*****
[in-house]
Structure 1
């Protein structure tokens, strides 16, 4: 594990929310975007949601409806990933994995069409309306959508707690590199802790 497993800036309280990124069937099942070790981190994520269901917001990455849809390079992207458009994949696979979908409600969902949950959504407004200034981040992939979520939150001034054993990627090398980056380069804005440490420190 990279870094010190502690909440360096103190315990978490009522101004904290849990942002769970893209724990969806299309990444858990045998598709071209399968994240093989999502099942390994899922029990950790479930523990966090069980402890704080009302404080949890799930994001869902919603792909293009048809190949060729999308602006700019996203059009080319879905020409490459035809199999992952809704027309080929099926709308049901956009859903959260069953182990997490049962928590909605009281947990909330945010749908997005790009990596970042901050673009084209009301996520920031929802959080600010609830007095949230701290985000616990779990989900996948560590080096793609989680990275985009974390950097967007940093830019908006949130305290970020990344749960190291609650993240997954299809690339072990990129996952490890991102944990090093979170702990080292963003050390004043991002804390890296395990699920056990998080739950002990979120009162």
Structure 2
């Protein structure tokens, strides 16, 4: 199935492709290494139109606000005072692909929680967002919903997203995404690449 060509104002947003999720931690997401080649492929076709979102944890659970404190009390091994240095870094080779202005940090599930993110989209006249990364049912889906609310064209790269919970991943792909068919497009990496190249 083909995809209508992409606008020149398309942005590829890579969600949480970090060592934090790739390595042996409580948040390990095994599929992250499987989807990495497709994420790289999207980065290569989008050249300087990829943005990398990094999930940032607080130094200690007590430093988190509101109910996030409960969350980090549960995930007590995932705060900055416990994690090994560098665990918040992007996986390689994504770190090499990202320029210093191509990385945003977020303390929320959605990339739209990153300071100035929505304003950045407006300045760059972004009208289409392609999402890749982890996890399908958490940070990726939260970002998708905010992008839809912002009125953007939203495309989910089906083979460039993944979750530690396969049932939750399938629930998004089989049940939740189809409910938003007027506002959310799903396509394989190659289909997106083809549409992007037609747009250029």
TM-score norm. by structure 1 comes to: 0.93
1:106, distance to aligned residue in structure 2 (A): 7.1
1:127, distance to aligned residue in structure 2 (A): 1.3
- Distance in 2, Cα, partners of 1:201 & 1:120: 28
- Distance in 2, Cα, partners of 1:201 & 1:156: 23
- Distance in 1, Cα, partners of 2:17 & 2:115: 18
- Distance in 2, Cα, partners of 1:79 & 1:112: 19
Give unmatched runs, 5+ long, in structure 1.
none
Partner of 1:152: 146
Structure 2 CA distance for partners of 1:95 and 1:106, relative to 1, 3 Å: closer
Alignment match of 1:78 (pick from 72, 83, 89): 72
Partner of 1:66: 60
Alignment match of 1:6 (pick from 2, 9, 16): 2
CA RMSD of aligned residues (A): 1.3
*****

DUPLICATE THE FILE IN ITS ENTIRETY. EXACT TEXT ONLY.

[in-house]
Structure 1
């Protein structure tokens, strides 16, 4: 594990929310975007949601409806990933994995069409309306959508707690590199802790 497993800036309280990124069937099942070790981190994520269901917001990455849809390079992207458009994949696979979908409600969902949950959504407004200034981040992939979520939150001034054993990627090398980056380069804005440490420190 990279870094010190502690909440360096103190315990978490009522101004904290849990942002769970893209724990969806299309990444858990045998598709071209399968994240093989999502099942390994899922029990950790479930523990966090069980402890704080009302404080949890799930994001869902919603792909293009048809190949060729999308602006700019996203059009080319879905020409490459035809199999992952809704027309080929099926709308049901956009859903959260069953182990997490049962928590909605009281947990909330945010749908997005790009990596970042901050673009084209009301996520920031929802959080600010609830007095949230701290985000616990779990989900996948560590080096793609989680990275985009974390950097967007940093830019908006949130305290970020990344749960190291609650993240997954299809690339072990990129996952490890991102944990090093979170702990080292963003050390004043991002804390890296395990699920056990998080739950002990979120009162």
Structure 2
């Protein structure tokens, strides 16, 4: 199935492709290494139109606000005072692909929680967002919903997203995404690449 060509104002947003999720931690997401080649492929076709979102944890659970404190009390091994240095870094080779202005940090599930993110989209006249990364049912889906609310064209790269919970991943792909068919497009990496190249 083909995809209508992409606008020149398309942005590829890579969600949480970090060592934090790739390595042996409580948040390990095994599929992250499987989807990495497709994420790289999207980065290569989008050249300087990829943005990398990094999930940032607080130094200690007590430093988190509101109910996030409960969350980090549960995930007590995932705060900055416990994690090994560098665990918040992007996986390689994504770190090499990202320029210093191509990385945003977020303390929320959605990339739209990153300071100035929505304003950045407006300045760059972004009208289409392609999402890749982890996890399908958490940070990726939260970002998708905010992008839809912002009125953007939203495309989910089906083979460039993944979750530690396969049932939750399938629930998004089989049940939740189809409910938003007027506002959310799903396509394989190659289909997106083809549409992007037609747009250029």
TM-score norm. by structure 1 comes to: 0.93
1:106, distance to aligned residue in structure 2 (A): 7.1
1:127, distance to aligned residue in structure 2 (A): 1.3
- Distance in 2, Cα, partners of 1:201 & 1:120: 28
- Distance in 2, Cα, partners of 1:201 & 1:156: 23
- Distance in 1, Cα, partners of 2:17 & 2:115: 18
- Distance in 2, Cα, partners of 1:79 & 1:112: 19
Give unmatched runs, 5+ long, in structure 1.
none
Partner of 1:152: 146
Structure 2 CA distance for partners of 1:95 and 1:106, relative to 1, 3 Å: closer
Alignment match of 1:78 (pick from 72, 83, 89): 72
Partner of 1:66: 60
Alignment match of 1:6 (pick from 2, 9, 16): 2
CA RMSD of aligned residues (A): 1.3